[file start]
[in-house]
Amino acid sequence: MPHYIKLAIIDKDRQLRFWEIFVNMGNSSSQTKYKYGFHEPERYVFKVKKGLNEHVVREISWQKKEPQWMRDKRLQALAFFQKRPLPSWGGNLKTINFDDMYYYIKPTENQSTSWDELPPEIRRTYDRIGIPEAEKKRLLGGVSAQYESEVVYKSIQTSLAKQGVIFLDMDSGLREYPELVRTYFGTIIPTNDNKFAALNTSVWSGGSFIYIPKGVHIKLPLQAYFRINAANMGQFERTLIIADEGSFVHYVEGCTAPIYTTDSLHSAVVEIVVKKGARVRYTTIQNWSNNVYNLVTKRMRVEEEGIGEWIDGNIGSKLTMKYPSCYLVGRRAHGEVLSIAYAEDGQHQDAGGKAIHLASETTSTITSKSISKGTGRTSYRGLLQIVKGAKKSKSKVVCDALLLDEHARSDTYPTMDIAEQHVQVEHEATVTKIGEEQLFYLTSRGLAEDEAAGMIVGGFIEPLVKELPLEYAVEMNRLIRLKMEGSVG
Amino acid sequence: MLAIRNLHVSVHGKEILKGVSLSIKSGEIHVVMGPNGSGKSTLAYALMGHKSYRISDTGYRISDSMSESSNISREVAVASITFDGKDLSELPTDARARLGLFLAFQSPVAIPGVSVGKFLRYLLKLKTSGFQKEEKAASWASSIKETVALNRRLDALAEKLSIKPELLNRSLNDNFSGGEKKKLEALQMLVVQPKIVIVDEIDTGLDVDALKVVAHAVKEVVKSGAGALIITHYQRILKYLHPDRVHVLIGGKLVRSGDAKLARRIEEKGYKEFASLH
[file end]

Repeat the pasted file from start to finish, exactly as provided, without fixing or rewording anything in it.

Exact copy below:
[in-house]
Amino acid sequence: MPHYIKLAIIDKDRQLRFWEIFVNMGNSSSQTKYKYGFHEPERYVFKVKKGLNEHVVREISWQKKEPQWMRDKRLQALAFFQKRPLPSWGGNLKTINFDDMYYYIKPTENQSTSWDELPPEIRRTYDRIGIPEAEKKRLLGGVSAQYESEVVYKSIQTSLAKQGVIFLDMDSGLREYPELVRTYFGTIIPTNDNKFAALNTSVWSGGSFIYIPKGVHIKLPLQAYFRINAANMGQFERTLIIADEGSFVHYVEGCTAPIYTTDSLHSAVVEIVVKKGARVRYTTIQNWSNNVYNLVTKRMRVEEEGIGEWIDGNIGSKLTMKYPSCYLVGRRAHGEVLSIAYAEDGQHQDAGGKAIHLASETTSTITSKSISKGTGRTSYRGLLQIVKGAKKSKSKVVCDALLLDEHARSDTYPTMDIAEQHVQVEHEATVTKIGEEQLFYLTSRGLAEDEAAGMIVGGFIEPLVKELPLEYAVEMNRLIRLKMEGSVG
Amino acid sequence: MLAIRNLHVSVHGKEILKGVSLSIKSGEIHVVMGPNGSGKSTLAYALMGHKSYRISDTGYRISDSMSESSNISREVAVASITFDGKDLSELPTDARARLGLFLAFQSPVAIPGVSVGKFLRYLLKLKTSGFQKEEKAASWASSIKETVALNRRLDALAEKLSIKPELLNRSLNDNFSGGEKKKLEALQMLVVQPKIVIVDEIDTGLDVDALKVVAHAVKEVVKSGAGALIITHYQRILKYLHPDRVHVLIGGKLVRSGDAKLARRIEEKGYKEFASLH